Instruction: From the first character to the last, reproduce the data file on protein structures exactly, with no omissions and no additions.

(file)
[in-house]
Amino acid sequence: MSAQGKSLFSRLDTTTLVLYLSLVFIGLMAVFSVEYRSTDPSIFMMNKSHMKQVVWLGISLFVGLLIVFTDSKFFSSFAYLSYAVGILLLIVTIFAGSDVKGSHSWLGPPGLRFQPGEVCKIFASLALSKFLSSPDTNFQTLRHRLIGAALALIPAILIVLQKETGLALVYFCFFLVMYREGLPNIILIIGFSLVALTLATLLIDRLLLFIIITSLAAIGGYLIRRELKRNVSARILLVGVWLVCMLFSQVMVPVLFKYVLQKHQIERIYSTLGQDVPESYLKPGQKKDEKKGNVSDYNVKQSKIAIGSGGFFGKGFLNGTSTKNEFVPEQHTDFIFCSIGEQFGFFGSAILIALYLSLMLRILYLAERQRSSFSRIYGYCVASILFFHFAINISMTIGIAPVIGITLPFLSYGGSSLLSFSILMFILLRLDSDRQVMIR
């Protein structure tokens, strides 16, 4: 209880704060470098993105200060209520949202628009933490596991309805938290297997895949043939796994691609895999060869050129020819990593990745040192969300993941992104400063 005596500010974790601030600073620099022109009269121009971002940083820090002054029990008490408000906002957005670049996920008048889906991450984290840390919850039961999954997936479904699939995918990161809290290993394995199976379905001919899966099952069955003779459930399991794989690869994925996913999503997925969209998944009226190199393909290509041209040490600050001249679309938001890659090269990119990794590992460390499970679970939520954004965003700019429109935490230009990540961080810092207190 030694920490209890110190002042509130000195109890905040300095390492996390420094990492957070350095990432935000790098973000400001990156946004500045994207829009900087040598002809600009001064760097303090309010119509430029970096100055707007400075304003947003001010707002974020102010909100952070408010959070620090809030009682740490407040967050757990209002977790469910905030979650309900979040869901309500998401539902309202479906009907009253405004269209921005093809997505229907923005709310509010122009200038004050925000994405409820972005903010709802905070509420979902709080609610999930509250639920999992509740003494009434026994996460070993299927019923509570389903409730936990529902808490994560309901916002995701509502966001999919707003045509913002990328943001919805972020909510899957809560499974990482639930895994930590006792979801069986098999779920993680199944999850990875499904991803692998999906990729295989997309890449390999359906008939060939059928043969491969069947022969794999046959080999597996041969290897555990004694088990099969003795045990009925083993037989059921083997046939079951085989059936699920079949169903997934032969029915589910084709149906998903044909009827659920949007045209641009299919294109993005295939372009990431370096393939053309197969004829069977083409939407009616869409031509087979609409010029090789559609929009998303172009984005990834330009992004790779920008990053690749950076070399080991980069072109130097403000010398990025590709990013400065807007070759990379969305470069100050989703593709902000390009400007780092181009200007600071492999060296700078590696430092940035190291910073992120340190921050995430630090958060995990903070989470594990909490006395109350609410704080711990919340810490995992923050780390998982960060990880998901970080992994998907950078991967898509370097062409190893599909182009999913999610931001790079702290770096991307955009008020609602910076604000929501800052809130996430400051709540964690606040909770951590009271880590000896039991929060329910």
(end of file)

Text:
[in-house]
Amino acid sequence: MSAQGKSLFSRLDTTTLVLYLSLVFIGLMAVFSVEYRSTDPSIFMMNKSHMKQVVWLGISLFVGLLIVFTDSKFFSSFAYLSYAVGILLLIVTIFAGSDVKGSHSWLGPPGLRFQPGEVCKIFASLALSKFLSSPDTNFQTLRHRLIGAALALIPAILIVLQKETGLALVYFCFFLVMYREGLPNIILIIGFSLVALTLATLLIDRLLLFIIITSLAAIGGYLIRRELKRNVSARILLVGVWLVCMLFSQVMVPVLFKYVLQKHQIERIYSTLGQDVPESYLKPGQKKDEKKGNVSDYNVKQSKIAIGSGGFFGKGFLNGTSTKNEFVPEQHTDFIFCSIGEQFGFFGSAILIALYLSLMLRILYLAERQRSSFSRIYGYCVASILFFHFAINISMTIGIAPVIGITLPFLSYGGSSLLSFSILMFILLRLDSDRQVMIR
């Protein structure tokens, strides 16, 4: 209880704060470098993105200060209520949202628009933490596991309805938290297997895949043939796994691609895999060869050129020819990593990745040192969300993941992104400063 005596500010974790601030600073620099022109009269121009971002940083820090002054029990008490408000906002957005670049996920008048889906991450984290840390919850039961999954997936479904699939995918990161809290290993394995199976379905001919899966099952069955003779459930399991794989690869994925996913999503997925969209998944009226190199393909290509041209040490600050001249679309938001890659090269990119990794590992460390499970679970939520954004965003700019429109935490230009990540961080810092207190 030694920490209890110190002042509130000195109890905040300095390492996390420094990492957070350095990432935000790098973000400001990156946004500045994207829009900087040598002809600009001064760097303090309010119509430029970096100055707007400075304003947003001010707002974020102010909100952070408010959070620090809030009682740490407040967050757990209002977790469910905030979650309900979040869901309500998401539902309202479906009907009253405004269209921005093809997505229907923005709310509010122009200038004050925000994405409820972005903010709802905070509420979902709080609610999930509250639920999992509740003494009434026994996460070993299927019923509570389903409730936990529902808490994560309901916002995701509502966001999919707003045509913002990328943001919805972020909510899957809560499974990482639930895994930590006792979801069986098999779920993680199944999850990875499904991803692998999906990729295989997309890449390999359906008939060939059928043969491969069947022969794999046959080999597996041969290897555990004694088990099969003795045990009925083993037989059921083997046939079951085989059936699920079949169903997934032969029915589910084709149906998903044909009827659920949007045209641009299919294109993005295939372009990431370096393939053309197969004829069977083409939407009616869409031509087979609409010029090789559609929009998303172009984005990834330009992004790779920008990053690749950076070399080991980069072109130097403000010398990025590709990013400065807007070759990379969305470069100050989703593709902000390009400007780092181009200007600071492999060296700078590696430092940035190291910073992120340190921050995430630090958060995990903070989470594990909490006395109350609410704080711990919340810490995992923050780390998982960060990880998901970080992994998907950078991967898509370097062409190893599909182009999913999610931001790079702290770096991307955009008020609602910076604000929501800052809130996430400051709540964690606040909770951590009271880590000896039991929060329910």